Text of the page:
The Willamette Meridian was established in 1851, and extends from the Canadian border to the northern state line of California. The baseline runs east/west through northern Oregon from the Pacific Ocean to the Idaho state line, and was established so as not to pass through the Columbia River. The intersection of the lines is the Initial Point, located in a tiny state park in the hills a few miles west of downtown Portland. All of Oregon and Washington were surveyed starting from here. The original stake at the Initial Point was replaced by a quarried stone post in 1885, and the point is now known as the Willamette Stone.
The monument at the Initial Point as it stands today was made mostly in 1956, when the nine-foot concrete slab was poured, and into which the various interpretive and commemorative elements, including the Willamette Stone, were embedded. Like many contemporary outdoor monuments, the recent history of the monument is one of modifications related to vandalism and repair. In the original monument from 1885, the Willamette Stone, an eight inch square, four foot long stone, was set in the ground and protruded upwards 24 inches, with legible engravings on its sides. It survived until 1951, when it was broken off by vandals, but the missing part was recovered. In 1956, the slab was poured and the stone was set in it, along with brass strips indicating the Meridian and Baseline, and a 28 inch bronze text plaque. In 1967, the stone was broken off again, and the missing part was not recovered. Instead, the top of the remaining stub of the stone was planed, and a brass plaque installed on its top (though the plaque was soon destroyed by a hatchet or axe). The large brass text plaque in front of the stone was pried out and stolen sometime in 1979 or 1980. In 1984 it was recast and reset, and the monument was re-dedicated in an event attended by the governor. In 1987, the remaining seven inches of the Willamette Stone’s protrusion was broken off flush with the concrete pad, and the big brass text plaque was stolen again. Repairs were made, and another re-dedication was held in 1988.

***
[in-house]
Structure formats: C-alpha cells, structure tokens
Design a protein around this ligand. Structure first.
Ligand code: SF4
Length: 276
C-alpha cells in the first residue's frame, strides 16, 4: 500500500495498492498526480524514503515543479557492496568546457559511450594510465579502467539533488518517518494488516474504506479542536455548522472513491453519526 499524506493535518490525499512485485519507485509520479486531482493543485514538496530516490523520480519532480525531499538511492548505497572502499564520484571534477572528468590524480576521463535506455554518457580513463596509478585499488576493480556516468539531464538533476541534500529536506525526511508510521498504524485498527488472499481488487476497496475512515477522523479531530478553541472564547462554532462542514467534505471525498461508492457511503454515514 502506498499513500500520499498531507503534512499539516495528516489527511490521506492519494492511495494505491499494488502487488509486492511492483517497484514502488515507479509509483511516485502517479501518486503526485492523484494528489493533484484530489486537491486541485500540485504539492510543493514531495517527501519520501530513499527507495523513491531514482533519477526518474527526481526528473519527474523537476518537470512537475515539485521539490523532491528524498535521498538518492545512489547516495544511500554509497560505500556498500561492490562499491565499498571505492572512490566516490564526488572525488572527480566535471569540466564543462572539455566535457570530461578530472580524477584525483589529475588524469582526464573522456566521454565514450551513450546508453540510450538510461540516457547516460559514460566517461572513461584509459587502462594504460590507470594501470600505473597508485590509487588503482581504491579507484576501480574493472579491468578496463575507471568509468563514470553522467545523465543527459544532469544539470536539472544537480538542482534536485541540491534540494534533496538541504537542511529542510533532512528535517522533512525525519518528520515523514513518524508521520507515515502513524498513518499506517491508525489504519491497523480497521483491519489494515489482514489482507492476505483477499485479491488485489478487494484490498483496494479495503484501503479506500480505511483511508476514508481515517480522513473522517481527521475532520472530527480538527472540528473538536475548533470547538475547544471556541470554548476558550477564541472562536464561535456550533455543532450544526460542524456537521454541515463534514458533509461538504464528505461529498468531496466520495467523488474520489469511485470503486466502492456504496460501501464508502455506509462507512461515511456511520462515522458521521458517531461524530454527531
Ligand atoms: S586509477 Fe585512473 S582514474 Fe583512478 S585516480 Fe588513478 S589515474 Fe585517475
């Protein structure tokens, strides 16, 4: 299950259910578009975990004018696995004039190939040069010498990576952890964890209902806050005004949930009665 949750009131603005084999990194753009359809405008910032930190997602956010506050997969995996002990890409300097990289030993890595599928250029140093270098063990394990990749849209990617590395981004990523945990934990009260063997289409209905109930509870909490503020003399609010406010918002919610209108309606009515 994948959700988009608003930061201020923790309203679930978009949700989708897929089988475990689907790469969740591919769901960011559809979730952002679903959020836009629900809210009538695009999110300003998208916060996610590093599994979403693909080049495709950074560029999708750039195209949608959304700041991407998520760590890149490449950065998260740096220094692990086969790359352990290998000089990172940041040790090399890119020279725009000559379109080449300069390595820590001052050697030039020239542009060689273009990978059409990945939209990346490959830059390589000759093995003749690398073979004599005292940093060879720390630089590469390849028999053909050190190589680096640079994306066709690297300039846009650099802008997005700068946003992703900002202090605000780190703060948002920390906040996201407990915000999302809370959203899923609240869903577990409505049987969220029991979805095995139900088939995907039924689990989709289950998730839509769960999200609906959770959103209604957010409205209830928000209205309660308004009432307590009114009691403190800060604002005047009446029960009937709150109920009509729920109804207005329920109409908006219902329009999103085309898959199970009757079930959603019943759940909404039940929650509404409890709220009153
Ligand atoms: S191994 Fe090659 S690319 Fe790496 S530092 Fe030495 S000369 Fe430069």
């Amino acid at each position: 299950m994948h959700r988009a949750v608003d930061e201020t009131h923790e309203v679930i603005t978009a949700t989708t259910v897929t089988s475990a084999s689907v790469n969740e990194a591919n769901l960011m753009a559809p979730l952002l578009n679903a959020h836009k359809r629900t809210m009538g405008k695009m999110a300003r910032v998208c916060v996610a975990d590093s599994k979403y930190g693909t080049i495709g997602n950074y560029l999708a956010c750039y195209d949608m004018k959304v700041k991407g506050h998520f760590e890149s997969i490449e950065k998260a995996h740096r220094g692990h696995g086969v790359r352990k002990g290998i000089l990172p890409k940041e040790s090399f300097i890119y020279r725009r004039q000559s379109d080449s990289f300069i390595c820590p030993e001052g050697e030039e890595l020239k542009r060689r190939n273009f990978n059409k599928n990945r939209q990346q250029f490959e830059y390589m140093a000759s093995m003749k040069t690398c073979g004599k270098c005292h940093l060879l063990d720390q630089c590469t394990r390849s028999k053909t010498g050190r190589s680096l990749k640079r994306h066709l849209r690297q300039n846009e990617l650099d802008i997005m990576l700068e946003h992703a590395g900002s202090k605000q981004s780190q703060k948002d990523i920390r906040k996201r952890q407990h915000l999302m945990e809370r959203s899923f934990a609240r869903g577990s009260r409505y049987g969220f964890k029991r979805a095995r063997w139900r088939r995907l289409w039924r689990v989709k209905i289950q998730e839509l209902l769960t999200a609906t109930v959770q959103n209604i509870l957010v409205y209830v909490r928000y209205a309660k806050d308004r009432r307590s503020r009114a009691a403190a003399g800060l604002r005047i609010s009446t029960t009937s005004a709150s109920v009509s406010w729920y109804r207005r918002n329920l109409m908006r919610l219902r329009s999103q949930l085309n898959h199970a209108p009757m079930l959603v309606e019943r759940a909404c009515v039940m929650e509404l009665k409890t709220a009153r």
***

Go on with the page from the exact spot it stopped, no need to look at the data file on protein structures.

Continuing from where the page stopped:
The Initial Point is located in Willamette Stone State Park, established in 1945 near the ridge along Skyline Drive in Portland. A 500-foot long trail through tall trees, passing by guy wire anchors of the tall radio towers nearby on top of the ridge, leads to the site.
At the bottom of the stairs, at the end of the trail, is the nine foot square slab, from 1956, embedded with the remains of the Willamette Stone and other interpretive elements. Three benches surround the slab, each engraved with a name of someone important to the Initial Point. One of the names is C. Albert White, the historian of America’s Initial Points, who lived in Portland for much of his life, and visited this site often.
The often stolen brass interpretive plaque, and the remaining stub of the Willamette Stone, with the latest survey marker embedded in it.
The Willamette Stone is the Initial Point for the surveys of Oregon and Washington State.